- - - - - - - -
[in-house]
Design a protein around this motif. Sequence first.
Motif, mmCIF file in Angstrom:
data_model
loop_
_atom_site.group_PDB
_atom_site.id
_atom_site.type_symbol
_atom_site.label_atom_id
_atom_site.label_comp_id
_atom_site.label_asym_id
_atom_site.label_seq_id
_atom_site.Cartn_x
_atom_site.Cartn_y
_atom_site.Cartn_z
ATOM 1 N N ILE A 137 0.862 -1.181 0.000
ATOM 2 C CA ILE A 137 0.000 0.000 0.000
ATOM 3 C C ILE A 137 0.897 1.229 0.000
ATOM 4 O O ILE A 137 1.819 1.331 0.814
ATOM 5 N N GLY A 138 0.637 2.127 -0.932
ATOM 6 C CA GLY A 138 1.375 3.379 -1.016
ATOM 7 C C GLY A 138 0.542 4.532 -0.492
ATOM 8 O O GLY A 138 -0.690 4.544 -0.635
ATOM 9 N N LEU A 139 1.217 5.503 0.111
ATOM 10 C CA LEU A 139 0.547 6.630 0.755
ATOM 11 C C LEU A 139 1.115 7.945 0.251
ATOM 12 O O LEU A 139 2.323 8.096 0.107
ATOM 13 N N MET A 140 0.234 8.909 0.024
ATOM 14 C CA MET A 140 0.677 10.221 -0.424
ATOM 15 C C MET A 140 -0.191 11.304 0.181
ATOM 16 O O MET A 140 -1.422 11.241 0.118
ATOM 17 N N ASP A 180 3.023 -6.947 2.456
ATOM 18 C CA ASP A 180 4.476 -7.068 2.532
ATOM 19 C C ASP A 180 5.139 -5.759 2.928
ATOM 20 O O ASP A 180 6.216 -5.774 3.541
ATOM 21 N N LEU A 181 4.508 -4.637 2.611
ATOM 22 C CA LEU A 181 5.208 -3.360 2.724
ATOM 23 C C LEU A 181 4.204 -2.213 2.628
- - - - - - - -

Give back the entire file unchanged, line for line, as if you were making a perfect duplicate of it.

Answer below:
[in-house]
Design a protein around this motif. Sequence first.
Motif, mmCIF file in Angstrom:
data_model
loop_
_atom_site.group_PDB
_atom_site.id
_atom_site.type_symbol
_atom_site.label_atom_id
_atom_site.label_comp_id
_atom_site.label_asym_id
_atom_site.label_seq_id
_atom_site.Cartn_x
_atom_site.Cartn_y
_atom_site.Cartn_z
ATOM 1 N N ILE A 137 0.862 -1.181 0.000
ATOM 2 C CA ILE A 137 0.000 0.000 0.000
ATOM 3 C C ILE A 137 0.897 1.229 0.000
ATOM 4 O O ILE A 137 1.819 1.331 0.814
ATOM 5 N N GLY A 138 0.637 2.127 -0.932
ATOM 6 C CA GLY A 138 1.375 3.379 -1.016
ATOM 7 C C GLY A 138 0.542 4.532 -0.492
ATOM 8 O O GLY A 138 -0.690 4.544 -0.635
ATOM 9 N N LEU A 139 1.217 5.503 0.111
ATOM 10 C CA LEU A 139 0.547 6.630 0.755
ATOM 11 C C LEU A 139 1.115 7.945 0.251
ATOM 12 O O LEU A 139 2.323 8.096 0.107
ATOM 13 N N MET A 140 0.234 8.909 0.024
ATOM 14 C CA MET A 140 0.677 10.221 -0.424
ATOM 15 C C MET A 140 -0.191 11.304 0.181
ATOM 16 O O MET A 140 -1.422 11.241 0.118
ATOM 17 N N ASP A 180 3.023 -6.947 2.456
ATOM 18 C CA ASP A 180 4.476 -7.068 2.532
ATOM 19 C C ASP A 180 5.139 -5.759 2.928
ATOM 20 O O ASP A 180 6.216 -5.774 3.541
ATOM 21 N N LEU A 181 4.508 -4.637 2.611
ATOM 22 C CA LEU A 181 5.208 -3.360 2.724
ATOM 23 C C LEU A 181 4.204 -2.213 2.628